London is simply full of classically elegant dining and drinking spots, meaning that here at Wonderland City we always have a daunting backlog of bars and restaurants to visit and bring to the attention of our Golden Era-loving readers. We recently undertook one of our “style perambulations”, again, with interesting results.
The setting was the southern extremity of Mayfair, just north of Piccadilly; firmly established as the habitat of hedge fund managers, oligarchs and oil sheiks. This might not sound promising to our discerning readership, but the density of watering holes and nosheries, there, plus the overlap of tradition with contemporary plutocracy makes for an interesting mix that warrants investigation.
It could be said, in fact, that Mayfair provides the most vivid example of 21st century ‘London Opulent’ style. And that can be good or bad. That style is ornamentally charged and rich in detail and therefore partly refutes the 20th century hyper-minimalist, fractured project of modernism. As such, it is rich in historical references, ranging from fin-de-siècle to the first third of the 20th century.
In its best form, it results in spaces that feel authentic, despite their historical newness, and, more importantly, combine stylishness with unapologetic glamour. Think of The Wolseley, The Delaunay, The Ritz’s Beaufort Bar or Claridge’s Fumoir. The danger with reference and theatricality, of course, is that it can slip into pastiche and vulgarity, like all those wretched flavoured “martinis” that slick bars flogged in the 1990s.
Park Chinois – Earnestly Theatrical
We had been meaning to visit this place for some time, intrigued by plush social media photography and a recommendation by someone we trust. Park Chinois (Berkley Street) was launched in 2015 by Alan Yau, a hospitality entrepreneur of undeniable ability and accomplishment (Wagamama, Busaba Eathai, Hakkasan and Yauatcha, among others). Billing itself as “a uniquely glamorous Asian restaurant – inspired by 1930’s Shanghai”, Park Chinois consists of a ground floor Salon de Chine dining room and the subterranean nightclub Club Chinois. During our visit, both spaces featured well-rendered live music performances, which in the Club’s case extend to dancing and burlesque.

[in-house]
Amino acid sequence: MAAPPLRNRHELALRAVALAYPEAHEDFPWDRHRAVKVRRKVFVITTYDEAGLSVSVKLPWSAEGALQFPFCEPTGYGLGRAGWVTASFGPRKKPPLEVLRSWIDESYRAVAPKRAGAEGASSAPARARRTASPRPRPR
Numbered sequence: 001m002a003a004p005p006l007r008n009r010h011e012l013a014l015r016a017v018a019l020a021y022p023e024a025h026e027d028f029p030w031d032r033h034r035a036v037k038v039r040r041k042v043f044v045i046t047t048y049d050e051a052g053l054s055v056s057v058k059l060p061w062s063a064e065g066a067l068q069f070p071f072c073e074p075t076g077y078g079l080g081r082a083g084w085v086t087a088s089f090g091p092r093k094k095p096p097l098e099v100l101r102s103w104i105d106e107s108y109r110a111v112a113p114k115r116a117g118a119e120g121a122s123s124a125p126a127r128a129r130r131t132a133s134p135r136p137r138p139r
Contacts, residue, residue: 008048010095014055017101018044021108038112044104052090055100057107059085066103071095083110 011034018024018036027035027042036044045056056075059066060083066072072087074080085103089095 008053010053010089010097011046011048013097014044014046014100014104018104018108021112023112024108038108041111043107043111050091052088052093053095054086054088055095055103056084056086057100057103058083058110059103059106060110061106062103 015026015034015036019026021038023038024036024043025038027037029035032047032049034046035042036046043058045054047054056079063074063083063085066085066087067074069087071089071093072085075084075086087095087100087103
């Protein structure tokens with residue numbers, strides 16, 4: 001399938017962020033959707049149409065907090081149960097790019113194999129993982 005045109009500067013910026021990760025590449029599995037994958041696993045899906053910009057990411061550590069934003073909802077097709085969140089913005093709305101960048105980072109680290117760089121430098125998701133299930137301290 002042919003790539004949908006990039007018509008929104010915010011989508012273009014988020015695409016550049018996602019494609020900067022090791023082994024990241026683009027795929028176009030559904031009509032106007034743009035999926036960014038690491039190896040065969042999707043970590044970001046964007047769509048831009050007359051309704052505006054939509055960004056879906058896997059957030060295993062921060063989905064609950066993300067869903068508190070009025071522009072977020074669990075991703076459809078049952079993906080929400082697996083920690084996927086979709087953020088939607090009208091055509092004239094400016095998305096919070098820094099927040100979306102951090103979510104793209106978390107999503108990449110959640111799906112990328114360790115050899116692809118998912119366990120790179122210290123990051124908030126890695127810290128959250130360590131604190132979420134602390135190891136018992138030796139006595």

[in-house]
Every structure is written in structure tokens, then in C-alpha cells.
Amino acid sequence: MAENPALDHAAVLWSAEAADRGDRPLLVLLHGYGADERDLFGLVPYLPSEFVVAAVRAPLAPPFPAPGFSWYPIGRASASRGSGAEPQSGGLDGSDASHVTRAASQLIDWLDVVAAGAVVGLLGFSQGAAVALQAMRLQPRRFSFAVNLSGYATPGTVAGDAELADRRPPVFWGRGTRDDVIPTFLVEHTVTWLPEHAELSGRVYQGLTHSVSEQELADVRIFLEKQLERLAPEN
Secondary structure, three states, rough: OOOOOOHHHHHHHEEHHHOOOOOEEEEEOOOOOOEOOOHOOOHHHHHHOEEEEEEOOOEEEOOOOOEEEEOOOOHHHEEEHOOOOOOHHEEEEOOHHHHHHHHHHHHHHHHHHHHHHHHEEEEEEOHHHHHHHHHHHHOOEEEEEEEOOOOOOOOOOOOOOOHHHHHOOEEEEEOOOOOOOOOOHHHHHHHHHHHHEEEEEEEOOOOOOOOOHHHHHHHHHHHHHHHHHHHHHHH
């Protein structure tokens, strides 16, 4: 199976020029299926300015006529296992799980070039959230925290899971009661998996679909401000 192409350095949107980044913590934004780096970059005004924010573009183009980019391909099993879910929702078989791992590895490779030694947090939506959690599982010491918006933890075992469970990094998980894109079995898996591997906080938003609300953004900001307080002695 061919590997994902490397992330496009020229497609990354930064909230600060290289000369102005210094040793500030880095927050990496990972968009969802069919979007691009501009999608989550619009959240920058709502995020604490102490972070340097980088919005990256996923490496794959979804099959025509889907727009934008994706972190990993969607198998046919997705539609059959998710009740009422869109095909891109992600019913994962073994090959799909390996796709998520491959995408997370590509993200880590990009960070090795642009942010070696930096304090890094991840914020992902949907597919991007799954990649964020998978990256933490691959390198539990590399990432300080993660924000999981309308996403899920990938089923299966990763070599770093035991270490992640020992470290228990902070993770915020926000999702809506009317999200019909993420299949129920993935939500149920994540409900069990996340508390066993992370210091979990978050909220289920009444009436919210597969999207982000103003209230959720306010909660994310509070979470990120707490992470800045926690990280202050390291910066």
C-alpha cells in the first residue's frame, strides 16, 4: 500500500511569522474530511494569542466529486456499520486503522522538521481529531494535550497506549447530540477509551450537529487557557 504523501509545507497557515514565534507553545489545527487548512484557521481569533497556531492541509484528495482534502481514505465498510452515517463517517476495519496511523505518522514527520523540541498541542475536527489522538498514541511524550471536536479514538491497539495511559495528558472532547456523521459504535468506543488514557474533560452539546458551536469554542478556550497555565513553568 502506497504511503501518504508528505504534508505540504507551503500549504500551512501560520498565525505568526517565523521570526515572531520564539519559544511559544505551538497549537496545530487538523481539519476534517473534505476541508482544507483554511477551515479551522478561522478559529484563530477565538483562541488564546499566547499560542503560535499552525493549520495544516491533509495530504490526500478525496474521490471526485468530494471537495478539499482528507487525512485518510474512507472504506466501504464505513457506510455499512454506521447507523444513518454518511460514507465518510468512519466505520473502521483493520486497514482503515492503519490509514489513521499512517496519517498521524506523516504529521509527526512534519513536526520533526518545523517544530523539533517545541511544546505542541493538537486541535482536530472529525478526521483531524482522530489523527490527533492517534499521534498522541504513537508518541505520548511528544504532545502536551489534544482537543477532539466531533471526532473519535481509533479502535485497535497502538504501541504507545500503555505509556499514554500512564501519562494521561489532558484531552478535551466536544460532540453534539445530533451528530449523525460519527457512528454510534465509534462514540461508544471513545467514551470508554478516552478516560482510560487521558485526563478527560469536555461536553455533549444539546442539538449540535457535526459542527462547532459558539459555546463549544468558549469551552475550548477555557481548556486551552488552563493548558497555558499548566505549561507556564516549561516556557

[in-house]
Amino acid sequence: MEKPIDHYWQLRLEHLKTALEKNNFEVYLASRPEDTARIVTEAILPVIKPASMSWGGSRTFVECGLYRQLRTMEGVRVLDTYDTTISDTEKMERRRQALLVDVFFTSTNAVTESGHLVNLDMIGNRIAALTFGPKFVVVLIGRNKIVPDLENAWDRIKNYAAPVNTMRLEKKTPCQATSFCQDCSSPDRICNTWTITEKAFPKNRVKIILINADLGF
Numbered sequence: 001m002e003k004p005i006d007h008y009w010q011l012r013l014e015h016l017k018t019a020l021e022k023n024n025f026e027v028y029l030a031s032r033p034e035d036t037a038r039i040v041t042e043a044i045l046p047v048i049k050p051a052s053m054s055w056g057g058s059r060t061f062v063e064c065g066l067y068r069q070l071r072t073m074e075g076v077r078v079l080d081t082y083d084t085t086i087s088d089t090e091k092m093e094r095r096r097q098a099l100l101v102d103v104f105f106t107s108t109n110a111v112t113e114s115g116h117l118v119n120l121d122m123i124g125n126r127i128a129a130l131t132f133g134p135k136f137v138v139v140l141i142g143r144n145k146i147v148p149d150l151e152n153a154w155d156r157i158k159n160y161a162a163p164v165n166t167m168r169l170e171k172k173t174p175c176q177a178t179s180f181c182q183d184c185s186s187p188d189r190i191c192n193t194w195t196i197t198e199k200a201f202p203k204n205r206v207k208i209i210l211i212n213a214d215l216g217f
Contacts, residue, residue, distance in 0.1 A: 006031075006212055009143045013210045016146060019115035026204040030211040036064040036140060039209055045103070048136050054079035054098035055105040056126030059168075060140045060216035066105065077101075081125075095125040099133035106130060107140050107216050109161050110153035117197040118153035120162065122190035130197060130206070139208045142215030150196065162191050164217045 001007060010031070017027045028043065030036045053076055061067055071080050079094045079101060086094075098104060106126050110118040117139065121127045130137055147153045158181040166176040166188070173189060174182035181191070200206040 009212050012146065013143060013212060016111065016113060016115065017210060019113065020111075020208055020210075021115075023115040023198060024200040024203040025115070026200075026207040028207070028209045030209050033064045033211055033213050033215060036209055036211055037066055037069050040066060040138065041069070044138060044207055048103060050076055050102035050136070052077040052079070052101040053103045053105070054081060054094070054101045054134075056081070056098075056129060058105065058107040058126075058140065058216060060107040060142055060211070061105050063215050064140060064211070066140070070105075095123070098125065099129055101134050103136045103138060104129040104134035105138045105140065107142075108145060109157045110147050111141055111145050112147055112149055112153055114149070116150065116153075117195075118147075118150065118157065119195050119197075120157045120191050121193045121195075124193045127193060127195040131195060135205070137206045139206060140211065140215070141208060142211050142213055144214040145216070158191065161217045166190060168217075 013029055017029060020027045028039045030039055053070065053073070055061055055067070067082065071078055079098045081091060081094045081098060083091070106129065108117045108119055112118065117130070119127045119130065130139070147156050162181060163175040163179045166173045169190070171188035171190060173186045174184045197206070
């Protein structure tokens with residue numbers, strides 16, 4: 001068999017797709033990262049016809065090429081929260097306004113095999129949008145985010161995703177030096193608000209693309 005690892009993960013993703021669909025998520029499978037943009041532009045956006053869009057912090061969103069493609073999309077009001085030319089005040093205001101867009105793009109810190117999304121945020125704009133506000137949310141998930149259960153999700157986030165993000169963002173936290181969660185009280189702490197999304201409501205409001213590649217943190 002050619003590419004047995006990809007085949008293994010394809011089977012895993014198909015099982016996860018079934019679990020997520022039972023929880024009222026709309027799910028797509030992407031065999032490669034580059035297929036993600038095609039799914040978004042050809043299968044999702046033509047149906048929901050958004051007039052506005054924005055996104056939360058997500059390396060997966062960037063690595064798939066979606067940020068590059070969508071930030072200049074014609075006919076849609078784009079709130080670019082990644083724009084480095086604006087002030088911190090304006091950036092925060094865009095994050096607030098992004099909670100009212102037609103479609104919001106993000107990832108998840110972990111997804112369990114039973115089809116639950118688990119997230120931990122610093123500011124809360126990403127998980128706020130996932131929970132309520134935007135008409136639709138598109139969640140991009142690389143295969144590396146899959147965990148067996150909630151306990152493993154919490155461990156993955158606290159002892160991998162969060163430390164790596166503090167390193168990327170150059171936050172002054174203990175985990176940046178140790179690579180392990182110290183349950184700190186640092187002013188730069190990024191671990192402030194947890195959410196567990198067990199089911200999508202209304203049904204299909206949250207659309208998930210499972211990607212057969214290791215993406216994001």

The profligacy of scarlet drapery and gold leaf is a bit overwhelming, combining to produce a slightly… boudoir-like effect – there is absolutely nothing subtle about this place. But we are prepared to embrace Park Chinois’ demonstrativeness because we respect the intent of the place, the spirit and we especially respect its earnestness. Not everyone will want to spend an evening in this fever dream of an upscale opium den in the 1930s Bund. But if they do, there will be nothing half-hearted about their experience.
The service was attentive and the drinks good, though not exceptional, given the £18-24 price range. The upstairs is, overall, a less louche and more tasteful experience, which makes sense.
Park Chinois will be added to the Wonderland City directory.
Isabel Mayfair – Café Society or Disco-tastic?
It seems churlish to have reservations about Isabel (Albemarle Street). The staff, in particular, were impressively professional: from the young bartender with a serious dedication to his craft to the smilingly helpful and charming front-of-house. Perhaps, the issue is Isabel’s split aesthetic personality – somewhere between an outdoor French café circa-1940 and the large interior which brings to mind a very luxe version of the 1970s disco era (if the 1970s had been twice as rich as they actually were…). We enjoyed the drinks though, like Park Chinois, the prices reflect location more than inherent quality
Split rating. People: ■■■■. Look: ■□□□
The lounge at Bar de Prés – An Interesting Concept
Also on Albemarle Street, close to Brown’s Hotel (forthcoming article…), Bar de Prés is chef Cyril Lignac’s first venture outside France. We had read about a new downstairs lounge, to complement the quite modern restaurant. The inspiration for the lounge is a quite unique, referencing a Continental, post-Deco idiom from the late 1940s or very early 1950s. Most retro-inspired places tend to focus on the 1900-1939 Golden Era or, alternatively, a later incarnation of ‘Mid-Century’ minimalist cool. This interesting, transitional period is seldom given much space and, n that basis, we think the lounge at Bar de Prés is worth a visit. Regrettably, at the time of our visit, the bar was closed, so we could not sample the drinks.